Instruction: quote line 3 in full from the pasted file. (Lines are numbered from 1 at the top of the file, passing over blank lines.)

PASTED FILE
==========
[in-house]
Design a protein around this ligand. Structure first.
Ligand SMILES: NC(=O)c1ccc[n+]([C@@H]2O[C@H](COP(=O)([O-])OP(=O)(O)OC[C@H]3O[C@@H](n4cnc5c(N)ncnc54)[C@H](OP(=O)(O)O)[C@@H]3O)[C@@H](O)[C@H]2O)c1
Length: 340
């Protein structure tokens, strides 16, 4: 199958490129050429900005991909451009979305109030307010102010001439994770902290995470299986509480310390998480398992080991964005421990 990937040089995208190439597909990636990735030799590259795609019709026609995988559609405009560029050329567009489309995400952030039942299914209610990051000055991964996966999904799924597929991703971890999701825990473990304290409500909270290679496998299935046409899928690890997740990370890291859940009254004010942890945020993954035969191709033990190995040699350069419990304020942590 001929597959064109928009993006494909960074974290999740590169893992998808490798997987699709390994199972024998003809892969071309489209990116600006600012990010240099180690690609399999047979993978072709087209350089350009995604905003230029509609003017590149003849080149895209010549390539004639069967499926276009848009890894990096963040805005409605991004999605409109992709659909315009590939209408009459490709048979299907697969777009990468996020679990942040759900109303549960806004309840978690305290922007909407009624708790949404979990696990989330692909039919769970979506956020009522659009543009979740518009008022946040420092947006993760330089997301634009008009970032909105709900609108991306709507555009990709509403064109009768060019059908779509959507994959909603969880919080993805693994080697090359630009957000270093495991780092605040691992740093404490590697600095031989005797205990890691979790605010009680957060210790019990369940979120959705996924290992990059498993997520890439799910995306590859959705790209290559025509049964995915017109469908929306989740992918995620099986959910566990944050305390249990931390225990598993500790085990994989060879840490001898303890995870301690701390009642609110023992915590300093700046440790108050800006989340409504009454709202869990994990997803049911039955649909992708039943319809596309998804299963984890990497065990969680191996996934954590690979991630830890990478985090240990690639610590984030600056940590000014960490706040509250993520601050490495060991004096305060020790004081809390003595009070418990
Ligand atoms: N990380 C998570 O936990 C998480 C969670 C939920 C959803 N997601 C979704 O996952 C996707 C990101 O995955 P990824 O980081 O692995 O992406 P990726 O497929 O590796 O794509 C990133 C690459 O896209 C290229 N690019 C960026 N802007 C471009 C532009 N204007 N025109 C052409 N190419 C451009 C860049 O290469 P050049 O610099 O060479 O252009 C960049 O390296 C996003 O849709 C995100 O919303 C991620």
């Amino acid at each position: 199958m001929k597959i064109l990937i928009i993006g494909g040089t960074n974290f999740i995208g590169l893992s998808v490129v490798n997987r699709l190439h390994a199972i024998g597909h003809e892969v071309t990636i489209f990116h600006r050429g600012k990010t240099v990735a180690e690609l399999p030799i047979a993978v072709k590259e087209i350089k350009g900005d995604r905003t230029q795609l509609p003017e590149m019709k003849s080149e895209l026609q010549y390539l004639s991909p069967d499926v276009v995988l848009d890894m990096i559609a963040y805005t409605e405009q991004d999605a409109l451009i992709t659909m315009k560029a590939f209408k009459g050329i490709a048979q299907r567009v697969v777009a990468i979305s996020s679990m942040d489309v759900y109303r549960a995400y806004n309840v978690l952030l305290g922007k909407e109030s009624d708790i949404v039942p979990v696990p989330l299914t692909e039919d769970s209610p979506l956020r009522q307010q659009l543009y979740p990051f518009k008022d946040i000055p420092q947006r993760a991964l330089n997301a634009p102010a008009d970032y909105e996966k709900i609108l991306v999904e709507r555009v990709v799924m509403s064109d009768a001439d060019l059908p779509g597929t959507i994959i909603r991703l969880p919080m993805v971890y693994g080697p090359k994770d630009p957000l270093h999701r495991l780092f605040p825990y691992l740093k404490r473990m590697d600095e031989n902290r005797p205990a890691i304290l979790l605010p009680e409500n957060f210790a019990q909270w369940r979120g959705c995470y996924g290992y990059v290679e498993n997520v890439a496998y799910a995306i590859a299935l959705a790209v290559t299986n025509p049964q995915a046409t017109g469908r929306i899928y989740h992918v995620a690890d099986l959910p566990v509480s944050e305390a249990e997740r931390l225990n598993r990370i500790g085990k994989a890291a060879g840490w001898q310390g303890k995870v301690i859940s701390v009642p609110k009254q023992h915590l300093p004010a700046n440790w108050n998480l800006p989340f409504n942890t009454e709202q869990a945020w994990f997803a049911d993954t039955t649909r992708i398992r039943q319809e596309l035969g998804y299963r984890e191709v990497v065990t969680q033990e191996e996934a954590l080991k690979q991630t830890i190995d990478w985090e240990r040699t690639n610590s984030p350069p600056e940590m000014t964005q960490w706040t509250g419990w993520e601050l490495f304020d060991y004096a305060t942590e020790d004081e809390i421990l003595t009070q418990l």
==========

Ligand SMILES: NC(=O)c1ccc[n+]([C@@H]2O[C@H](COP(=O)([O-])OP(=O)(O)OC[C@H]3O[C@@H](n4cnc5c(N)ncnc54)[C@H](OP(=O)(O)O)[C@@H]3O)[C@@H](O)[C@H]2O)c1